Learning from the Animal Kingdom – Dogs
The third in a five-part series about lessons we can learn from the animal kingdom
by Philippa Rae
Suitable for Whole School (Pri)
To celebrate dogs, particularly their quality of loyalty.
Preparation and materials
Have available the following images and the means to display them during the assembly:
- dog breeds, available at: http://tinyurl.com/zd6uvhk
- a police dog, available at: http://tinyurl.com/ho6gqdv
- a guide dog, available at: http://tinyurl.com/h6xaoth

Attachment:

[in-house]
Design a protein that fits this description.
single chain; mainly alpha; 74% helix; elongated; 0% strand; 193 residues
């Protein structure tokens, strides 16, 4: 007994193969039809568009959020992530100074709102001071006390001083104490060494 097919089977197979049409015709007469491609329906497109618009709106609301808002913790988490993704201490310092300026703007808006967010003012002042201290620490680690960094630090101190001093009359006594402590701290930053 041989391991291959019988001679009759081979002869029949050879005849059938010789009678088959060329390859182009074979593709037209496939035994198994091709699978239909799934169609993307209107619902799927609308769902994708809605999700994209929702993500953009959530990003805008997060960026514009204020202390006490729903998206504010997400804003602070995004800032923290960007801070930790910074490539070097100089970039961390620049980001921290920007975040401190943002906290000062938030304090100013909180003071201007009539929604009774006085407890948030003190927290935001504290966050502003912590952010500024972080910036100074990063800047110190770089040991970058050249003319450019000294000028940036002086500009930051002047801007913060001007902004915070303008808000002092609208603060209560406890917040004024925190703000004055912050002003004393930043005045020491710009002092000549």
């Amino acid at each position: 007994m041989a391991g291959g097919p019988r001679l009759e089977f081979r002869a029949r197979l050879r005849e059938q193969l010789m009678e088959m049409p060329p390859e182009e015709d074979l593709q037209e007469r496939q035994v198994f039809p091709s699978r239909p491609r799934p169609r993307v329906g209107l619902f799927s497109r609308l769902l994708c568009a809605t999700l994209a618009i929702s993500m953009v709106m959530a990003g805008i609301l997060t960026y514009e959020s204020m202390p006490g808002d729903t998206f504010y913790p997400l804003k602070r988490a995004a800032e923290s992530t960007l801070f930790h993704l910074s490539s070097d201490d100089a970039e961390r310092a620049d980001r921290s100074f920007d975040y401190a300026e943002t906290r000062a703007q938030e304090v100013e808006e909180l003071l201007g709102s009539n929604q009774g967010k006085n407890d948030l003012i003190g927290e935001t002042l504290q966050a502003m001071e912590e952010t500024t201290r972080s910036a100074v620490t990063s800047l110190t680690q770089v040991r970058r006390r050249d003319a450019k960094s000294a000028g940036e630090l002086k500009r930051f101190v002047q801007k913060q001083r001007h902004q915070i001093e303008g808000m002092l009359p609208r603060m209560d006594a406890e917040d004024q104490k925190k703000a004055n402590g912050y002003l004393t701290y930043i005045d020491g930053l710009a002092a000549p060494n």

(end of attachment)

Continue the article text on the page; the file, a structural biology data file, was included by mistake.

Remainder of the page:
- a sniffer dog, available at: http://tinyurl.com/hm93fgl
Further information about dogs is available from the veterinary charity, PDSA (www.pdsa.org.uk/awards), and the world’s largest dog show, Crufts (www.crufts.org.uk). Their websites contain many inspiring stories.
Many other organizations also harness the wonderful relationship between humans and dogs, including Guide Dogs for the Blind, Hounds for Heroes, Assistance Dogs UK, Dogs for Good, Pets As Therapy (PAT) Dogs and Hearing Dogs for Deaf People.
Ask if any of the children own pets. Ask the children to tell you about their pets and why they enjoy having them. If possible, tell the children about your own experiences with pets and what you learnt from them.
Point out that many people own a dog. Ask the children to raise their hands if this includes them. Ask what it is that people like and dislike about dogs.